Geometric Sequences

In a Geometric Sequence each term is discovered by multiplying the previous hatchet by a constant.

You are watching: 1 2 4 8 16 32 64 128


This sequence has actually a variable of 2 in between each number.

Each ax (except the first term) is found by multiplying the previous ax by 2.

*


In General we write a Geometric Sequence prefer this:

a, ar, ar2, ar3, ...

where:

a is the first term, and also r is the factor in between the state (called the "common ratio")


Example: 1,2,4,8,...

The succession starts in ~ 1 and also doubles each time, so

a=1 (the very first term) r=2 (the "common ratio" in between terms is a doubling)

And us get:

a, ar, ar2, ar3, ...

= 1, 1×2, 1×22, 1×23, ...

= 1, 2, 4, 8, ...


But it is in careful, r must not it is in 0:

once r=0, we acquire the succession a,0,0,... I beg your pardon is not geometric

The Rule

We can likewise calculate any term utilizing the Rule:


This sequence has actually a variable of 3 between each number.

The worths of a and also r are:

a = 10 (the an initial term) r = 3 (the "common ratio")

The dominance for any term is:

xn = 10 × 3(n-1)

So, the 4th ax is:

x4 = 10×3(4-1) = 10×33 = 10×27 = 270

And the 10th hatchet is:

x10 = 10×3(10-1) = 10×39 = 10×19683 = 196830


This sequence has a variable of 0.5 (a half) between each number.

Its dominion is xn = 4 × (0.5)n-1


Why "Geometric" Sequence?

Because it is like increasing the dimensions in geometry:

*
a heat is 1-dimensional and has a length of r
in 2 size a square has an area the r2
in 3 dimensions a cube has volume r3
etc (yes we can have 4 and an ext dimensions in mathematics).


Summing a Geometric Series

To amount these:

a + ar + ar2 + ... + ar(n-1)

(Each hatchet is ark, whereby k starts at 0 and goes up to n-1)

We can use this comfortable formula:

a is the very first term r is the "common ratio" in between terms n is the number of terms


What is that funny Σ symbol? that is dubbed Sigma Notation

*
(called Sigma) method "sum up"

And below and above it are presented the beginning and ending values:

*

It states "Sum up n where n goes indigenous 1 come 4. Answer=10


This sequence has actually a variable of 3 in between each number.

The worths of a, r and n are:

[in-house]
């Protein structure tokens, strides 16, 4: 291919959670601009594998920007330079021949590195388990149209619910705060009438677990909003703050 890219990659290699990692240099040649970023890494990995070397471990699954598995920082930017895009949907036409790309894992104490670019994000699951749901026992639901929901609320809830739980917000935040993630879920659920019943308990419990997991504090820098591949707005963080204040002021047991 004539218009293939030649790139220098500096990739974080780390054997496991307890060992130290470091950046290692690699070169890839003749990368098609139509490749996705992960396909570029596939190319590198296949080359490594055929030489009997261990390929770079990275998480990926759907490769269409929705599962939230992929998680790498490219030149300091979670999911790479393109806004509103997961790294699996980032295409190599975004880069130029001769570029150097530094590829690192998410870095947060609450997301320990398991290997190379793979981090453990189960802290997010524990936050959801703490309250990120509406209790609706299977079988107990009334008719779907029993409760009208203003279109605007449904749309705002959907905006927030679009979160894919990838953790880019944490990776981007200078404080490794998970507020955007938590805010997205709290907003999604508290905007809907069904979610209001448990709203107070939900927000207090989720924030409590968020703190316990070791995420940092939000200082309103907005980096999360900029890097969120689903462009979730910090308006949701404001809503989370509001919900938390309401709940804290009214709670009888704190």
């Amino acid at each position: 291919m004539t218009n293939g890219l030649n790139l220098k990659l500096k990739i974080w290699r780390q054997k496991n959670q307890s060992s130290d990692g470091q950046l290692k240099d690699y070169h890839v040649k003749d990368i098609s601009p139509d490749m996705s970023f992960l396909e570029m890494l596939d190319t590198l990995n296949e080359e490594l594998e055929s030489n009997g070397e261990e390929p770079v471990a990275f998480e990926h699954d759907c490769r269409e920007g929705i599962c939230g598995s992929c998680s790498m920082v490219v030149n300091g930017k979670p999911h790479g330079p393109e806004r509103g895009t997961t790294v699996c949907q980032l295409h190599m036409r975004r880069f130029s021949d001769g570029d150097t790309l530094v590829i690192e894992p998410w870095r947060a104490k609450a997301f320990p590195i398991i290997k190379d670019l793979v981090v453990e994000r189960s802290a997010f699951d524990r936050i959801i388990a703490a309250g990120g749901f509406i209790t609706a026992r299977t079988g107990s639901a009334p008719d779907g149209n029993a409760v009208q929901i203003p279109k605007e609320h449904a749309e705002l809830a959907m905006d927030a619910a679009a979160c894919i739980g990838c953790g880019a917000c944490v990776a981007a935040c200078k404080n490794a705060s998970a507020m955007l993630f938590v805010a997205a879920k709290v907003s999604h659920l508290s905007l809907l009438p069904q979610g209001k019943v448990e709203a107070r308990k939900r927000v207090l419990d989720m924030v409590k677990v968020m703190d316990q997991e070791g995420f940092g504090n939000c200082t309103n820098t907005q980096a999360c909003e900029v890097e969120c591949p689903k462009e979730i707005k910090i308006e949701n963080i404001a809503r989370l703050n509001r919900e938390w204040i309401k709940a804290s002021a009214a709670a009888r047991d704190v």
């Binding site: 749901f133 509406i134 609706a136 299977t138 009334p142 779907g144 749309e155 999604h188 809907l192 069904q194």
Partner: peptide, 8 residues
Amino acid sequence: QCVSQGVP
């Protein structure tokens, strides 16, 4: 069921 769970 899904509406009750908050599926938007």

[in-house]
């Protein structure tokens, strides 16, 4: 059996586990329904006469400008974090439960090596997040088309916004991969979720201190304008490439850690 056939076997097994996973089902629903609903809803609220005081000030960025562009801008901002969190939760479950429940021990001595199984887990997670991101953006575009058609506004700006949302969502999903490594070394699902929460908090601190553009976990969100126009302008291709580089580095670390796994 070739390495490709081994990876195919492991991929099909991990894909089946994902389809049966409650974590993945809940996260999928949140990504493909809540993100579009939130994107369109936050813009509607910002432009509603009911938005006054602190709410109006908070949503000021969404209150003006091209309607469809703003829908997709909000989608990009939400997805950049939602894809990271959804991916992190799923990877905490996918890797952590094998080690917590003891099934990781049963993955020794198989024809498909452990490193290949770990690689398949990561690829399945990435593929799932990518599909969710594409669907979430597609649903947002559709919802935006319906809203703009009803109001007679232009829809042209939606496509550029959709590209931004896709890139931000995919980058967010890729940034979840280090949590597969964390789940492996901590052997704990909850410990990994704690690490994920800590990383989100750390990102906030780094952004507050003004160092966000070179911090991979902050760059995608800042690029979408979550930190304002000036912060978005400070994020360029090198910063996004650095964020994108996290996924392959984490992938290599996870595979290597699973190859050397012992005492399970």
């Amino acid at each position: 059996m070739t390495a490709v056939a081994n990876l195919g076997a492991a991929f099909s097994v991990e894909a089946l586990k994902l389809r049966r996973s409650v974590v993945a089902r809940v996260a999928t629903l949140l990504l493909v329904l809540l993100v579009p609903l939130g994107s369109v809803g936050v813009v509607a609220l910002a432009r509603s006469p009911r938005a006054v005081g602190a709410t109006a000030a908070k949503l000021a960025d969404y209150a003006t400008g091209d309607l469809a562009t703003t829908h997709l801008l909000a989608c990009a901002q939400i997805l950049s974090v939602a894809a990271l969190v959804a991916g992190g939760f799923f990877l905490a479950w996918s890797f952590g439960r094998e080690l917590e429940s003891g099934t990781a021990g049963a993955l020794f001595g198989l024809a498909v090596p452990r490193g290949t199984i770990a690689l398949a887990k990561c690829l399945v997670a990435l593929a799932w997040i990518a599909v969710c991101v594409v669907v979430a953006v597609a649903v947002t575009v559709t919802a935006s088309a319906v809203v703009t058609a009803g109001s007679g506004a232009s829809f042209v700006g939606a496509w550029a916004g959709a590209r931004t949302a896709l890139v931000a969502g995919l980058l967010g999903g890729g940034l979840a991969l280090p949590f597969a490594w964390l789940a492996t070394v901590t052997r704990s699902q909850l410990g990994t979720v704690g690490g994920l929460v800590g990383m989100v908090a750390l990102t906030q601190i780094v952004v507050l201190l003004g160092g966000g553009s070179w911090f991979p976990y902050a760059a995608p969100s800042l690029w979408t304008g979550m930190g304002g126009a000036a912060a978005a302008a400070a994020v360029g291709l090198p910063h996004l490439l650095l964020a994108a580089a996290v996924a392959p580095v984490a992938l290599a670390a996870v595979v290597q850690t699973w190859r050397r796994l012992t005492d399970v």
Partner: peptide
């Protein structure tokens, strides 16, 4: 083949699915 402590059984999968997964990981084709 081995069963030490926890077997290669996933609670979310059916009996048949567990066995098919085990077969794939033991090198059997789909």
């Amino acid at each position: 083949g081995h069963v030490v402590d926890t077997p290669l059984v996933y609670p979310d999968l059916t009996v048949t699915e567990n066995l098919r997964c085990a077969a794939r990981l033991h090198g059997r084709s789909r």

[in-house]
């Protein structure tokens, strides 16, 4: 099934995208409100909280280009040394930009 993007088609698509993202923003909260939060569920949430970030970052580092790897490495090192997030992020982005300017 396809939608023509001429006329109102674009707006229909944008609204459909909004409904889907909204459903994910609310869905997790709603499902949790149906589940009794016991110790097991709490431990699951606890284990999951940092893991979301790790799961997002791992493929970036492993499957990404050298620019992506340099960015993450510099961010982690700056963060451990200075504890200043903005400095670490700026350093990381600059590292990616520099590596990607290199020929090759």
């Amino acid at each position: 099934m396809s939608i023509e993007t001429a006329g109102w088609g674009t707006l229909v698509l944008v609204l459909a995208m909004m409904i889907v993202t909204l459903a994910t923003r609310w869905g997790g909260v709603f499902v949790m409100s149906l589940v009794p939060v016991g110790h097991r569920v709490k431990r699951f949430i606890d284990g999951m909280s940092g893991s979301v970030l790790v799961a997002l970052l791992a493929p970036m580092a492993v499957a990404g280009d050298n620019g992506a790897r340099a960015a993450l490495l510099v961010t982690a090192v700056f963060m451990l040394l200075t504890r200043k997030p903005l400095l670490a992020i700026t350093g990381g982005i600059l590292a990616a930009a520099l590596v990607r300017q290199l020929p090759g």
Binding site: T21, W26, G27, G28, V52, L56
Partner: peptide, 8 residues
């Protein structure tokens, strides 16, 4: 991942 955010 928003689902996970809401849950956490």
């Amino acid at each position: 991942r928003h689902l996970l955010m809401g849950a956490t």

a = 10 (the first term) r = 3 (the "common ratio") n = 4 (we want to sum the very first 4 terms)

So:

Becomes:

*

You can check it yourself:

10 + 30 + 90 + 270 = 400

And, yes, it is much easier to just add them in this example, as there are only 4 terms. Yet imagine including 50 terms ... Then the formula is much easier.


Example: grains of Rice ~ above a Chess Board

*

On the web page Binary Digits we give an instance of grains of rice top top a chess board. The question is asked:

When we location rice top top a chess board:

1 grain on the an initial square, 2 seed on the second square, 4 grains on the 3rd and for this reason on, ...

... doubling the seed of rice on every square ...

... How countless grains of rice in total?

So us have:

a = 1 (the an initial term) r = 2 (doubles every time) n = 64 (64 squares on a chess board)

So:

Becomes:

*

= 1−264−1 = 264 − 1

= 18,446,744,073,709,551,615

Which was precisely the result we obtained on the Binary Digits page (thank goodness!)


And an additional example, this time with r much less than 1:


Example: include up the an initial 10 terms of the Geometric Sequence that halves every time:

1/2, 1/4, 1/8, 1/16, ...

The values of a, r and also n are:

a = ½ (the first term) r = ½ (halves each time) n = 10 (10 state to add)

So:

Becomes:

*

Very close come 1.

(Question: if we proceed to boost n, what happens?)


Why go the Formula Work?

Let"s watch why the formula works, because we get to usage an exciting "trick" i beg your pardon is worth knowing.


First, call the totality sum "S":S= a + ar + ar2 + ... + ar(n−2)+ ar(n−1)
Next, multiply S by r:S·r= ar + ar2 + ar3 + ... + ar(n−1) + arn

Notice the S and also S·r space similar?

Now subtract them!

*

Wow! every the state in the center neatly cancel out. (Which is a practiced trick)

By subtracting S·r from S we get a basic result:


S − S·r = a − arn


Let"s rearrange the to find S:


Factor out S
and also a:S(1−r) = a(1−rn)
Divide through (1−r):S = a(1−rn)(1−r)

Which is ours formula (ta-da!):

Infinite Geometric Series

So what happens once n goes to infinity?

We deserve to use this formula:

*

But be careful:


r have to be between (but no including) −1 and also 1

and r must not it is in 0 due to the fact that the succession a,0,0,... Is not geometric


So our infnite geometric series has a finite sum once the proportion is less than 1 (and better than −1)

Let"s bring back our previous example, and see what happens:


Example: include up every the terms of the Geometric Sequence the halves each time:

12, 14, 18, 116, ...

We have:

a = ½ (the an initial term) r = ½ (halves each time)

And so:

*

= ½×1½ = 1

Yes, adding 12 + 14 + 18 + ... etc equates to exactly 1.


Don"t believe me? simply look at this square:

By including up 12 + 14 + 18 + ...

we finish up through the entirety thing!

*

Recurring Decimal

On another page us asked "Does 0.999... Same 1?", well, let us see if we deserve to calculate it:


Example: calculation 0.999...

We can write a recurring decimal as a sum prefer this:

*

And currently we can use the formula:

*

Yes! 0.999... does same 1.

See more: Who Is Junior From The Steve Harvey Morning Show (Special Event)


So over there we have actually it ... Geometric assignment (and your sums) deserve to do every sorts of impressive and powerful things.


Sequences Arithmetic Sequences and also Sums Sigma Notation Algebra Index